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Along with the species measured, yellow birch, ironwood, and hophornbeam are all present as understory trees. Cucumber Magnolia is also somewhat common, mainly in with the hemlocks, and the one mystery encountered was a single Bitternut Hickory sapling in the middle of the terrace. I did not see any other hickories at any stage of life. On this visit I didn't have time to visit the upper slope of the terrace, which has a couple more "steps" and may be better-drained- if that's where the mature hickories are, there will definitely be potential for tall trees and perhaps some additional species diversity. Looking down into part of that slope from the ridge while leaving I did notice the taller basswood that I measured as well as a nice beech that should have a reasonable height.

The Larch (which I believe is Japanese but I didn't look at the characteristics closely) is in a nice plantation just above this terrace, which probably has taller trees but is still a bit of a visual mess right now. All the tallest tops seem to be nested, making it hard to work with the needles on. It's a dense stand. There are a few Norway Spruce but they don't seem to do as well.
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There's a lot left to explore and measure in Chautauqua Creek Gorge. Much of the best of it is private land, as is most of the previously mentioned Twentymile Creek Gorge, but I know at least one of the relevant landowners and hope to figure out some options for access.
by Erik Danielsen
Wed Oct 11, 2017 5:16 pm
 
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Re: Zoar Valley Update

On saturday 12/9/2017 I left the Point Peter Rd parking lot in pursuit of a LiDAR hit suggesting a 165' tree on or above the terrace with the tallest cottonwood. I've posted in the Zoar LiDAR thread discussing the broken white pine that may have been responsible for the reading.

In approaching the terrace, I stayed up on the plateau instead of descending to valentine flats, which took me through forests I had not seen before. This upper slope forest, mostly on a long gently sloped shelf that begins just below the true rim of the plateau, appears to be mostly regrowth with scattered clusters of older trees, mostly near the canyon rim. Tuliptree seems to be structurally dominant, with bitternut hickory, northern red oak, red and sugar maple, bigtooth aspen, and scattered hemlock and beech. There are at least a few small tulip cathedrals in the making. Tulips ranged between 130-140 commonly and other tall hardwoods did get into the 120s and 130s, an excellent showing for regrowth. A 142' tulip in one of the budding cathedrals was the tallest I saw. A 55.5' Striped Maple was also good to see.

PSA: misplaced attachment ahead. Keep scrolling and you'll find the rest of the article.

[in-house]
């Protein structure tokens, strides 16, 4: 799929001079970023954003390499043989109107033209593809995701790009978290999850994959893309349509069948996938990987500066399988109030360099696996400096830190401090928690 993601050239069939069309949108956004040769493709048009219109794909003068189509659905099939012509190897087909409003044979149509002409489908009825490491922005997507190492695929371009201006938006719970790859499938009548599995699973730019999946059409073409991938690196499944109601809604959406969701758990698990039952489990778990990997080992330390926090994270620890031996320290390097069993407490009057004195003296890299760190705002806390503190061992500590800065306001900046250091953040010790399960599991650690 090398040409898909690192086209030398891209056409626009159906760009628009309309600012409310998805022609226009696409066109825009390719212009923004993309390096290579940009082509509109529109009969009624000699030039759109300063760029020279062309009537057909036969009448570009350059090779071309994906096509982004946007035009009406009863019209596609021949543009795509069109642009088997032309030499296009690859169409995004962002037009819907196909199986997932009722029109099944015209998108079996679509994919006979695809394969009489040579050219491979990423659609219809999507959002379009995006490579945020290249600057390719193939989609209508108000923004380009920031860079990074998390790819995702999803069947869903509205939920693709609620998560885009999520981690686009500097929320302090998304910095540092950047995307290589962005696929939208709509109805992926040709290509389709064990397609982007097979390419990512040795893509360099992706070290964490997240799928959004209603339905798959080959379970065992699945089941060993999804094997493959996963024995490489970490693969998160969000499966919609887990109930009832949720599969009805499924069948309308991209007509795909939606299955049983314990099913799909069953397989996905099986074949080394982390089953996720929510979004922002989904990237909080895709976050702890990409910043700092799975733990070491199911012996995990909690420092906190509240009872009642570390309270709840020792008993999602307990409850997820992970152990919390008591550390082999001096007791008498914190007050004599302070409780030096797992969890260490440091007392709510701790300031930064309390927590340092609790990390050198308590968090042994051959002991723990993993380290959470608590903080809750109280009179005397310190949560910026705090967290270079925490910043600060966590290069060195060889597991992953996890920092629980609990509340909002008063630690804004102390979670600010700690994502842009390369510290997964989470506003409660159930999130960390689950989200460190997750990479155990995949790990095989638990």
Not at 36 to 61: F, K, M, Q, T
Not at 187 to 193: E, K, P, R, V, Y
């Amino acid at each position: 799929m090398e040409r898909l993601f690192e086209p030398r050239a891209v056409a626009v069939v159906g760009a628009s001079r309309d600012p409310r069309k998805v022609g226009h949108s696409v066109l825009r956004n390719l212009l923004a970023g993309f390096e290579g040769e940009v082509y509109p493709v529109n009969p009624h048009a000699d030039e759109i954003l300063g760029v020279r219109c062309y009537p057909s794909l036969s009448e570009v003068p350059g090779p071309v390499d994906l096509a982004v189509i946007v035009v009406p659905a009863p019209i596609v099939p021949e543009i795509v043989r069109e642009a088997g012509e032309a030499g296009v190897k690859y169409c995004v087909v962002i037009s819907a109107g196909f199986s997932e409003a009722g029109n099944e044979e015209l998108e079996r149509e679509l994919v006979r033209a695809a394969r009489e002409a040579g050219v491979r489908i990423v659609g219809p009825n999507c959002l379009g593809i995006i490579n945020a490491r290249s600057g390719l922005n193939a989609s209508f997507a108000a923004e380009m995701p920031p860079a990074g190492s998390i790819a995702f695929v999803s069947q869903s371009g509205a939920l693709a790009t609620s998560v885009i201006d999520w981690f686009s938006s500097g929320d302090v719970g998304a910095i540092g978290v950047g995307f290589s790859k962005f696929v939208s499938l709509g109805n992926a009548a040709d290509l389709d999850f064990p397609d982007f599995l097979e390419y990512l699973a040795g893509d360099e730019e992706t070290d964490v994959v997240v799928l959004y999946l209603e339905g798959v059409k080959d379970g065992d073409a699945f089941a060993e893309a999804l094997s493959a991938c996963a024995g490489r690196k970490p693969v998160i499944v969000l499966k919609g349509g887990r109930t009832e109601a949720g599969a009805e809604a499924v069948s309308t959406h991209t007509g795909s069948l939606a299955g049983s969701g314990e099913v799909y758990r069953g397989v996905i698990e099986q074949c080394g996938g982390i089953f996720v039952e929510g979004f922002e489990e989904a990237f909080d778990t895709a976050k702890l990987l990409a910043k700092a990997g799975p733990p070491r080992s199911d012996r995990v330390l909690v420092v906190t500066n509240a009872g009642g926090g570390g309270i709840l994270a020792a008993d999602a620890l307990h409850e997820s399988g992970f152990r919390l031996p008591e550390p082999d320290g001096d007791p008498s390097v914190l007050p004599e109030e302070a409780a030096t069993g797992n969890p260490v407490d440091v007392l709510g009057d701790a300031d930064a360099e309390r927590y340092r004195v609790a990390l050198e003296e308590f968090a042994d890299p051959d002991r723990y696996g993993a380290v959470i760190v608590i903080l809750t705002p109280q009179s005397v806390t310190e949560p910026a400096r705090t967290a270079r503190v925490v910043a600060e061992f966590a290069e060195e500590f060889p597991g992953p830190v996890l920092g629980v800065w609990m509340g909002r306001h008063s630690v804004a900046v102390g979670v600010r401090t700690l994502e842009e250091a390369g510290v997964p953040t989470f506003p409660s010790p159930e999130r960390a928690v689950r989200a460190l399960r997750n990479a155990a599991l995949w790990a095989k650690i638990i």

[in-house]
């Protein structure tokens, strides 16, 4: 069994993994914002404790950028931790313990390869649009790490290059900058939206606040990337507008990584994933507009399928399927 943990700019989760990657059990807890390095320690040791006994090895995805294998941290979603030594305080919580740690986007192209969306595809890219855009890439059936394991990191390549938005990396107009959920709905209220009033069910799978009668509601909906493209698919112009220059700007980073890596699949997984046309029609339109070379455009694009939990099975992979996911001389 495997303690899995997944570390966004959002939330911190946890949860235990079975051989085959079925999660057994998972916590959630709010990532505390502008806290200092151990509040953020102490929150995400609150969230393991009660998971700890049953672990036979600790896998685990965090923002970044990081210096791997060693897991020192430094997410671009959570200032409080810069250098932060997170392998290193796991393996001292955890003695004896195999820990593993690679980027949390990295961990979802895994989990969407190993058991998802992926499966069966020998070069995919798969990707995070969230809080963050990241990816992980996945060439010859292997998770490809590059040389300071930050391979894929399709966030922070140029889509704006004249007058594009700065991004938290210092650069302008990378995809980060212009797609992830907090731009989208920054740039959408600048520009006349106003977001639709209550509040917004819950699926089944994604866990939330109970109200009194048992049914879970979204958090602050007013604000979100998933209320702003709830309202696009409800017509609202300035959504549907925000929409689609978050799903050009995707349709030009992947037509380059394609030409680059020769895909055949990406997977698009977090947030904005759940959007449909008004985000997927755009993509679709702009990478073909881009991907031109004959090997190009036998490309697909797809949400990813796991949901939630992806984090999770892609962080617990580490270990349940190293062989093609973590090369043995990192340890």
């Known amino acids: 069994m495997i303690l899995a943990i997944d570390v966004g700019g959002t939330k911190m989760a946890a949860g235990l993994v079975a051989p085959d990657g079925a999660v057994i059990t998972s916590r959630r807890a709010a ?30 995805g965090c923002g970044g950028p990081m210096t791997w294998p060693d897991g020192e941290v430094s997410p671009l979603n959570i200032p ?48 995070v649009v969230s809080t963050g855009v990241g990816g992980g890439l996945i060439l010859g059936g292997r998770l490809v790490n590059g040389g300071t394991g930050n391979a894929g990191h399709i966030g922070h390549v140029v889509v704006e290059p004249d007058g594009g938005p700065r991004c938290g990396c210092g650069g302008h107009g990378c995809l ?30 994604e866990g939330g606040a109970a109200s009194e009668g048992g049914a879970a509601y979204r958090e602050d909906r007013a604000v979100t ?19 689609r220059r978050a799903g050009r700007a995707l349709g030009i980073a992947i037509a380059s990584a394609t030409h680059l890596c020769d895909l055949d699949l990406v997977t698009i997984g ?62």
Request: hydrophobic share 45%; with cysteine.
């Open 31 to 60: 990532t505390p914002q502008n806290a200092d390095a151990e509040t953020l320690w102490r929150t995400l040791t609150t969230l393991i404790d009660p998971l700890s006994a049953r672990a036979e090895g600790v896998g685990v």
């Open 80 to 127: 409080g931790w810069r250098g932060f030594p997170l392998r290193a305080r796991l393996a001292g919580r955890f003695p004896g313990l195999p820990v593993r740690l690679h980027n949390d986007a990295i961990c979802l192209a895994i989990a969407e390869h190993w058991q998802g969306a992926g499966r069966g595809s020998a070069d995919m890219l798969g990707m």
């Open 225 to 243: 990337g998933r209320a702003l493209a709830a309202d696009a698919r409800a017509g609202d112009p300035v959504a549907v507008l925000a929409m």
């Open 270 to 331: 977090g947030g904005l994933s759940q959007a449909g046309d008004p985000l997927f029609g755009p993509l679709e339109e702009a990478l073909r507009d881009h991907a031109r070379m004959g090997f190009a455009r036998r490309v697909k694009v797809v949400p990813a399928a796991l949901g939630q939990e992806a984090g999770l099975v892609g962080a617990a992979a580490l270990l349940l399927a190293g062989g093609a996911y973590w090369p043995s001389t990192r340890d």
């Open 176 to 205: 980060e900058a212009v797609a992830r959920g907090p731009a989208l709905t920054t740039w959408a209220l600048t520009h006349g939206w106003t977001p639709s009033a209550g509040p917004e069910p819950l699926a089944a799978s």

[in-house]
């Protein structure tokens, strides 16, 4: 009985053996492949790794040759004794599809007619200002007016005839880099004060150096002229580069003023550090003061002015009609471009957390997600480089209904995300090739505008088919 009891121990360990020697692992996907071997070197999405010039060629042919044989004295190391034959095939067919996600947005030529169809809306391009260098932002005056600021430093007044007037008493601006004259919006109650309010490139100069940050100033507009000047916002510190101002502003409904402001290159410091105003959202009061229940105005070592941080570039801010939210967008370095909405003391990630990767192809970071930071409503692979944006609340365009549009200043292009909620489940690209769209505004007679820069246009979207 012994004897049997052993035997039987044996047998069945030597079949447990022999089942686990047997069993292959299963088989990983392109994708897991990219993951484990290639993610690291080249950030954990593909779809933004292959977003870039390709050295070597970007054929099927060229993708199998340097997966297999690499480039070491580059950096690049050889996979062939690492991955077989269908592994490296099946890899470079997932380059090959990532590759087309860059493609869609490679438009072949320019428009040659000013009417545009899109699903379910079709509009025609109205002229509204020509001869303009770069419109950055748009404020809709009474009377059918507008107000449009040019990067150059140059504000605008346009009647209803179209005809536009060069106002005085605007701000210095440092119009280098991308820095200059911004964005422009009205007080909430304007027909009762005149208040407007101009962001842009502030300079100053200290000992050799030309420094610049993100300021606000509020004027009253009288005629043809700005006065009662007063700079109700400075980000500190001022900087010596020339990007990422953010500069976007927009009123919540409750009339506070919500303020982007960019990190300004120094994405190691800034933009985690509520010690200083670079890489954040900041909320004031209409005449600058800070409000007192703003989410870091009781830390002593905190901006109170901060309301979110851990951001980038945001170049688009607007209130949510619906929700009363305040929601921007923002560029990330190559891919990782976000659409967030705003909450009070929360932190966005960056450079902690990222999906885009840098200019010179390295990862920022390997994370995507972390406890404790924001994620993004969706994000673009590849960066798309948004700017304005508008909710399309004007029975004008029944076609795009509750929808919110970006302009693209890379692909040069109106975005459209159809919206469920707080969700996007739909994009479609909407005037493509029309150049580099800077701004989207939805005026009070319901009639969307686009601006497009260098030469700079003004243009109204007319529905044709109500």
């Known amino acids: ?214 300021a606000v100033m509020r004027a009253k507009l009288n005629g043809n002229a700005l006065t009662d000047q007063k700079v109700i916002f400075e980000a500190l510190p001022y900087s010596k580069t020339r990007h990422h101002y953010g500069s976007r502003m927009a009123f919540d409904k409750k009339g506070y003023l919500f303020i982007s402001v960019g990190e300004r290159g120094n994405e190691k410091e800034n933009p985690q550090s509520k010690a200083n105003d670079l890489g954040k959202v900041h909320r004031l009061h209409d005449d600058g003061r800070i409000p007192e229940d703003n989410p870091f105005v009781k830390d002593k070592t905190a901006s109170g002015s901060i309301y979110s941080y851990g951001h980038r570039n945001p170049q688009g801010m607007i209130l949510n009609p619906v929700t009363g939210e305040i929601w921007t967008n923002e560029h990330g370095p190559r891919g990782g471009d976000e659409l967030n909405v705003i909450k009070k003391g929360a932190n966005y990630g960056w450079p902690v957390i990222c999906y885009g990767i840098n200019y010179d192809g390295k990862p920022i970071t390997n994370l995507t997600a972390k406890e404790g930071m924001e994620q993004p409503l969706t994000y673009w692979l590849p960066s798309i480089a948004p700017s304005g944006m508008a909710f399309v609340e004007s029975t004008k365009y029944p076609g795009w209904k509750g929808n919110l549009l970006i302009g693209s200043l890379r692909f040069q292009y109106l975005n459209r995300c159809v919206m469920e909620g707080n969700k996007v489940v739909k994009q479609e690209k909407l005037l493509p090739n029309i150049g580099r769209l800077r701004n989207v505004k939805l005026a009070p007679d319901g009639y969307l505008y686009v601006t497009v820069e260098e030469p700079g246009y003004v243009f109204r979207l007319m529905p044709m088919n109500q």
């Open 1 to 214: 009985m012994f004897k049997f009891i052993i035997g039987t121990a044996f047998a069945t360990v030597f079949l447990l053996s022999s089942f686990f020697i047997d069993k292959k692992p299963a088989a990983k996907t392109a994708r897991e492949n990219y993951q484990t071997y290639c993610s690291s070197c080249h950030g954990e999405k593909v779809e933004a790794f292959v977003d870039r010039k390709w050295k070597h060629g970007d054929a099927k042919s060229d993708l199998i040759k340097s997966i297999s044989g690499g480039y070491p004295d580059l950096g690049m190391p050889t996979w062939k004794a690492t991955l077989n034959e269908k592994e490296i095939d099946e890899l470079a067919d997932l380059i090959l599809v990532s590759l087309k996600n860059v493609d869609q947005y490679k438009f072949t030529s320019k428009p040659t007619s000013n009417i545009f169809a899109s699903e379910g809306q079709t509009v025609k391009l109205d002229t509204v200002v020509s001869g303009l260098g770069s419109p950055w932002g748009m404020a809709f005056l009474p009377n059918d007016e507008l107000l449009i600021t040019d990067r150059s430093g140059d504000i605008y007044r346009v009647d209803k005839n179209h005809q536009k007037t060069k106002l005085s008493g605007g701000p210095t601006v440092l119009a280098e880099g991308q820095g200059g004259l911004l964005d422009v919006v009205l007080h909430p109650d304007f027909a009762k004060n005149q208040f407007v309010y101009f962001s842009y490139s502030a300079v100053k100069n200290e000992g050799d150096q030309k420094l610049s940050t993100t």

Descending to the terrace, I remeasured the big cottonwood. The highest top appears to have two nice leading twigs putting on height, and it has gained a little. The girth increased slightly as well. This may be slightly due to different midslope placement but it also seems likely the trunk is swelling and buckling outwards.

After searching in vain for the LiDAR hit I remeasured the ratty doubletrunked pine, which has been growing steadily since the first post in this thread. I then remeasured two of the tuliptrees from last year (one now joins the 150 club) and then continued south along the narrow part of the terrace, beyond where I had turned back before. In close proximity I measured a beech and a slippery elm that may be remeasures from Elijah's first post.

Not expecting much more, I continued in search of an ascent point, only to find a very vigorous group of tulips. One in particular immediately returned readings suggesting it would be in the 150s, though it was a bad viewpoint and the base was a couple feet above me and obscured. Then a little hole peeking into the back of the canopy suggested a height over 160! Making the best measurement I could from that spot (161.2), I got a tape wrapped at midslope and went uphill to measure from two more viewpoints. Both of the "good" measurements were nearly identical, 161.8 and finally 161.98'. This tree becomes NY's tallest known tuliptree and the tallest in the zoar complex.

Tuliptree
161.98' / 8.4'cbh
153.2' / 10.92'cbh remeasure
150.86' / 9.64'cbh remeasure
142' / 8.36'cbh upper plateau
Cottonwood
142.2' / 14.96'cbh remeasure
White Pine
127.5' / 7.61'cbh remeasure
American Beech
121.2' / 7.9'cbh
Slippery Elm
118.5' / 4.46'cbh
Striped Maple
55.5' / 1.7'cbh
I'm posting from my phone currently but will add some photos next time I have an internet connection. There's a small backlog of additional visits to report.
by Erik Danielsen
Sat Dec 09, 2017 10:17 pm